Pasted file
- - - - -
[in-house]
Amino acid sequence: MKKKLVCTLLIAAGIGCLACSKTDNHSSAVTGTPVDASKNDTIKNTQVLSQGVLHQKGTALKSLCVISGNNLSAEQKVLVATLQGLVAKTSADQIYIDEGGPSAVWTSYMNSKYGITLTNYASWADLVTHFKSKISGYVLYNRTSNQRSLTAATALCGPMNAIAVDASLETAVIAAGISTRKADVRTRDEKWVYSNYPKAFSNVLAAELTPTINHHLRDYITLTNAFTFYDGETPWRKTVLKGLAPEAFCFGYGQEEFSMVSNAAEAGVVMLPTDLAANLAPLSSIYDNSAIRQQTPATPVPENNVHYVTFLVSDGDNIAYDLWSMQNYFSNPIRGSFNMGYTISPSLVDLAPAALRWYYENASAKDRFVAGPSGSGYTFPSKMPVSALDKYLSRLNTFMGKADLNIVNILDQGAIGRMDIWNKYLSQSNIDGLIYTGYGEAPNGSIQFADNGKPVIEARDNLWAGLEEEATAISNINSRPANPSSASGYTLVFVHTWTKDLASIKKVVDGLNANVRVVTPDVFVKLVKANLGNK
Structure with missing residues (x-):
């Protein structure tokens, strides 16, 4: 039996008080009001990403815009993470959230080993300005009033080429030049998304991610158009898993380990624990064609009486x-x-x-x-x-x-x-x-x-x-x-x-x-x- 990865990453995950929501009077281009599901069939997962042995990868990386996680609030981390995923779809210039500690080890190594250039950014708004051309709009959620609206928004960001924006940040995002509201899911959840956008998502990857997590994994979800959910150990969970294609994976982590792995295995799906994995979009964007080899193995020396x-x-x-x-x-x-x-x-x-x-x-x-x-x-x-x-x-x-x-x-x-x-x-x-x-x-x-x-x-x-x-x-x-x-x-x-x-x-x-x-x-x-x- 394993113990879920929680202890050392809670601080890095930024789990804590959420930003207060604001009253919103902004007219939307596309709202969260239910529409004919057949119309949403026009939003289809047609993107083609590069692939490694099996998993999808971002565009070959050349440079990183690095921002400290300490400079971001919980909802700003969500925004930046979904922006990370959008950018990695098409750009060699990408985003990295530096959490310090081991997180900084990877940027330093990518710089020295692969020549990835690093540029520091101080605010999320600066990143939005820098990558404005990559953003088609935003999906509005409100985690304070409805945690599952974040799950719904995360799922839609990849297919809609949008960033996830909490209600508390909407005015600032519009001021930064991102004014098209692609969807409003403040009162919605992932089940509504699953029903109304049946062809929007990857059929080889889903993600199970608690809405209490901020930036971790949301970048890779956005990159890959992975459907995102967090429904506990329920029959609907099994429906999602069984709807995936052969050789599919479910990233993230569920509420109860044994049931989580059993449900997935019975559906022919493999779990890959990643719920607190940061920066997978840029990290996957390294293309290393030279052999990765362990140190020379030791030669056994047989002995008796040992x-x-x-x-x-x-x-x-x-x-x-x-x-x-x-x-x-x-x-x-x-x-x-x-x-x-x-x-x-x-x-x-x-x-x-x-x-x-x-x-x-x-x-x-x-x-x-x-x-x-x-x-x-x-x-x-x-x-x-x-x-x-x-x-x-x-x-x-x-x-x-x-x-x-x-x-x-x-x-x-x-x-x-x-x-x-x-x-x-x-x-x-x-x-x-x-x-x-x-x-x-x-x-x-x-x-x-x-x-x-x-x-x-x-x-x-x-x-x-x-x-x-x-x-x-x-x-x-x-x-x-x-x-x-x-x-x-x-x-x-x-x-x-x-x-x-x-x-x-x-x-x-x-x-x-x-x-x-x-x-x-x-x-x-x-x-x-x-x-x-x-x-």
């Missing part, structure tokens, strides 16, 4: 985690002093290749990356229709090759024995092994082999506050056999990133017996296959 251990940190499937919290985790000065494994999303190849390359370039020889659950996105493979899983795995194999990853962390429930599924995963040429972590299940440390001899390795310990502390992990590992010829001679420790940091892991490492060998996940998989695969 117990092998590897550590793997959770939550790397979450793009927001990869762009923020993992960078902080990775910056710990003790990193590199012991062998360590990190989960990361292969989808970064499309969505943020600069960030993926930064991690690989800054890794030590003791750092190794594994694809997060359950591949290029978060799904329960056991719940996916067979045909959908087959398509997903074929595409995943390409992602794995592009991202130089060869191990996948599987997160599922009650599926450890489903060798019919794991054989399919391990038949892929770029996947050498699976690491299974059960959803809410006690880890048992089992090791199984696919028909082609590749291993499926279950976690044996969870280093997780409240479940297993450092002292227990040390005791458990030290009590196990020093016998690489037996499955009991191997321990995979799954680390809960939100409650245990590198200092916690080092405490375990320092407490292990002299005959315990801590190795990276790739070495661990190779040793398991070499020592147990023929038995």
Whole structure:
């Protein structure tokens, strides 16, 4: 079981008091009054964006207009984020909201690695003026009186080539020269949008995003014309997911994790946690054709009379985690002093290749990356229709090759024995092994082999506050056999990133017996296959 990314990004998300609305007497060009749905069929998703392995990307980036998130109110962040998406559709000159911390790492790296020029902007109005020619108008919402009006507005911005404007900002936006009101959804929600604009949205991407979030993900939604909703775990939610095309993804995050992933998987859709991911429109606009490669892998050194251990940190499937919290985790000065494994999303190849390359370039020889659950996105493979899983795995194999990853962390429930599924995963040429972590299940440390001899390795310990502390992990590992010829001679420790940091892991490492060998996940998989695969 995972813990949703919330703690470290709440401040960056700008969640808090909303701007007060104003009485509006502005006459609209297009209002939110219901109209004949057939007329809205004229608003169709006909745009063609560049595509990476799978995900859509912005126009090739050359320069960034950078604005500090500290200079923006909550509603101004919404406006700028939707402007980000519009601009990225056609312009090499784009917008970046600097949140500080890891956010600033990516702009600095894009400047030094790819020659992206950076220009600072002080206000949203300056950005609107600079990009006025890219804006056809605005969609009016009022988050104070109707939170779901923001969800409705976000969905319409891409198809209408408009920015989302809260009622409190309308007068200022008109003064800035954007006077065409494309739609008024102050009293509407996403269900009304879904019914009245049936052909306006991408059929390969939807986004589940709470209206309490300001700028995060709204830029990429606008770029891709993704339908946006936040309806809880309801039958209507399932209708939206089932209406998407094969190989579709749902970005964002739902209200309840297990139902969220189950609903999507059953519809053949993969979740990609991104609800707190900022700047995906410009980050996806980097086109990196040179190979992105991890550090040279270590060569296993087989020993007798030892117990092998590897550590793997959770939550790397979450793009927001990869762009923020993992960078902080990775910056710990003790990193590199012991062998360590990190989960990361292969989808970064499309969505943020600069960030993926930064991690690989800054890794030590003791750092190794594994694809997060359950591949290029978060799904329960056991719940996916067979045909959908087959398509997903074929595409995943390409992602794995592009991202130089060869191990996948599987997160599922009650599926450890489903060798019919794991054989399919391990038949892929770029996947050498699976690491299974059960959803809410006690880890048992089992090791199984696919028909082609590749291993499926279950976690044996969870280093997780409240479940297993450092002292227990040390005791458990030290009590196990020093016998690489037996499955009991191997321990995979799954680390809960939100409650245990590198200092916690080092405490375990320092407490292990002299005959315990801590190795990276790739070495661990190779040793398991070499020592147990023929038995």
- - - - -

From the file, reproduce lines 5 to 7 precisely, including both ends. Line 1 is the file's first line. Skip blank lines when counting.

């Missing part, structure tokens, strides 16, 4: 985690002093290749990356229709090759024995092994082999506050056999990133017996296959 251990940190499937919290985790000065494994999303190849390359370039020889659950996105493979899983795995194999990853962390429930599924995963040429972590299940440390001899390795310990502390992990590992010829001679420790940091892991490492060998996940998989695969 117990092998590897550590793997959770939550790397979450793009927001990869762009923020993992960078902080990775910056710990003790990193590199012991062998360590990190989960990361292969989808970064499309969505943020600069960030993926930064991690690989800054890794030590003791750092190794594994694809997060359950591949290029978060799904329960056991719940996916067979045909959908087959398509997903074929595409995943390409992602794995592009991202130089060869191990996948599987997160599922009650599926450890489903060798019919794991054989399919391990038949892929770029996947050498699976690491299974059960959803809410006690880890048992089992090791199984696919028909082609590749291993499926279950976690044996969870280093997780409240479940297993450092002292227990040390005791458990030290009590196990020093016998690489037996499955009991191997321990995979799954680390809960939100409650245990590198200092916690080092405490375990320092407490292990002299005959315990801590190795990276790739070495661990190779040793398991070499020592147990023929038995």
Whole structure:
């Protein structure tokens, strides 16, 4: 079981008091009054964006207009984020909201690695003026009186080539020269949008995003014309997911994790946690054709009379985690002093290749990356229709090759024995092994082999506050056999990133017996296959 990314990004998300609305007497060009749905069929998703392995990307980036998130109110962040998406559709000159911390790492790296020029902007109005020619108008919402009006507005911005404007900002936006009101959804929600604009949205991407979030993900939604909703775990939610095309993804995050992933998987859709991911429109606009490669892998050194251990940190499937919290985790000065494994999303190849390359370039020889659950996105493979899983795995194999990853962390429930599924995963040429972590299940440390001899390795310990502390992990590992010829001679420790940091892991490492060998996940998989695969 995972813990949703919330703690470290709440401040960056700008969640808090909303701007007060104003009485509006502005006459609209297009209002939110219901109209004949057939007329809205004229608003169709006909745009063609560049595509990476799978995900859509912005126009090739050359320069960034950078604005500090500290200079923006909550509603101004919404406006700028939707402007980000519009601009990225056609312009090499784009917008970046600097949140500080890891956010600033990516702009600095894009400047030094790819020659992206950076220009600072002080206000949203300056950005609107600079990009006025890219804006056809605005969609009016009022988050104070109707939170779901923001969800409705976000969905319409891409198809209408408009920015989302809260009622409190309308007068200022008109003064800035954007006077065409494309739609008024102050009293509407996403269900009304879904019914009245049936052909306006991408059929390969939807986004589940709470209206309490300001700028995060709204830029990429606008770029891709993704339908946006936040309806809880309801039958209507399932209708939206089932209406998407094969190989579709749902970005964002739902209200309840297990139902969220189950609903999507059953519809053949993969979740990609991104609800707190900022700047995906410009980050996806980097086109990196040179190979992105991890550090040279270590060569296993087989020993007798030892117990092998590897550590793997959770939550790397979450793009927001990869762009923020993992960078902080990775910056710990003790990193590199012991062998360590990190989960990361292969989808970064499309969505943020600069960030993926930064991690690989800054890794030590003791750092190794594994694809997060359950591949290029978060799904329960056991719940996916067979045909959908087959398509997903074929595409995943390409992602794995592009991202130089060869191990996948599987997160599922009650599926450890489903060798019919794991054989399919391990038949892929770029996947050498699976690491299974059960959803809410006690880890048992089992090791199984696919028909082609590749291993499926279950976690044996969870280093997780409240479940297993450092002292227990040390005791458990030290009590196990020093016998690489037996499955009991191997321990995979799954680390809960939100409650245990590198200092916690080092405490375990320092407490292990002299005959315990801590190795990276790739070495661990190779040793398991070499020592147990023929038995």